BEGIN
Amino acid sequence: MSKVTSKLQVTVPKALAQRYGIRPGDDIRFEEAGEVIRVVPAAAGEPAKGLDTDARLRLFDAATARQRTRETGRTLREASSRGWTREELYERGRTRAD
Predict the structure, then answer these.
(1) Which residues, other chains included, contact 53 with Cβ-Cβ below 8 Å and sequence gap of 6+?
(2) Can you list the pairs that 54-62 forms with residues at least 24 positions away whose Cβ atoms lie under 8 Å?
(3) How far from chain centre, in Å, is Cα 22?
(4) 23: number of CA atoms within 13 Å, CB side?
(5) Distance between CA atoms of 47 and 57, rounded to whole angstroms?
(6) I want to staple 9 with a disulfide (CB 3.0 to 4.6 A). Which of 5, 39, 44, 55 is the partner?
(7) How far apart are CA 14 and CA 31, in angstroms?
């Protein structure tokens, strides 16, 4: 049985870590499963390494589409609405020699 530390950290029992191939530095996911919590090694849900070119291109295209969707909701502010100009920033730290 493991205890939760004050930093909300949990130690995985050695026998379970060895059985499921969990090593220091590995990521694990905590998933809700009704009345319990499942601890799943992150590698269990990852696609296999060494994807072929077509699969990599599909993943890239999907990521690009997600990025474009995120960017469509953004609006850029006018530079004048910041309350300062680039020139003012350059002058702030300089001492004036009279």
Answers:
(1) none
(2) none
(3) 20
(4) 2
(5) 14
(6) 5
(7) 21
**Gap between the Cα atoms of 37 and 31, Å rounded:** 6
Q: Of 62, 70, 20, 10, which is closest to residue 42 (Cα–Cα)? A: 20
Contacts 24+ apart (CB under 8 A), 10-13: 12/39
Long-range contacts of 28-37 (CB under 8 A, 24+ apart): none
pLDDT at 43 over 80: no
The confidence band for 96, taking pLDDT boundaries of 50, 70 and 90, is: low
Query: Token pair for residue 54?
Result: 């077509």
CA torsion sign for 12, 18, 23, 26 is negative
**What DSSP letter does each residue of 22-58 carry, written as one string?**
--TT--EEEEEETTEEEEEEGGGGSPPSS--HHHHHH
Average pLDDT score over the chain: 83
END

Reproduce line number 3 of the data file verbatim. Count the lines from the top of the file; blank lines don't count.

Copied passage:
(1) Which residues, other chains included, contact 53 with Cβ-Cβ below 8 Å and sequence gap of 6+?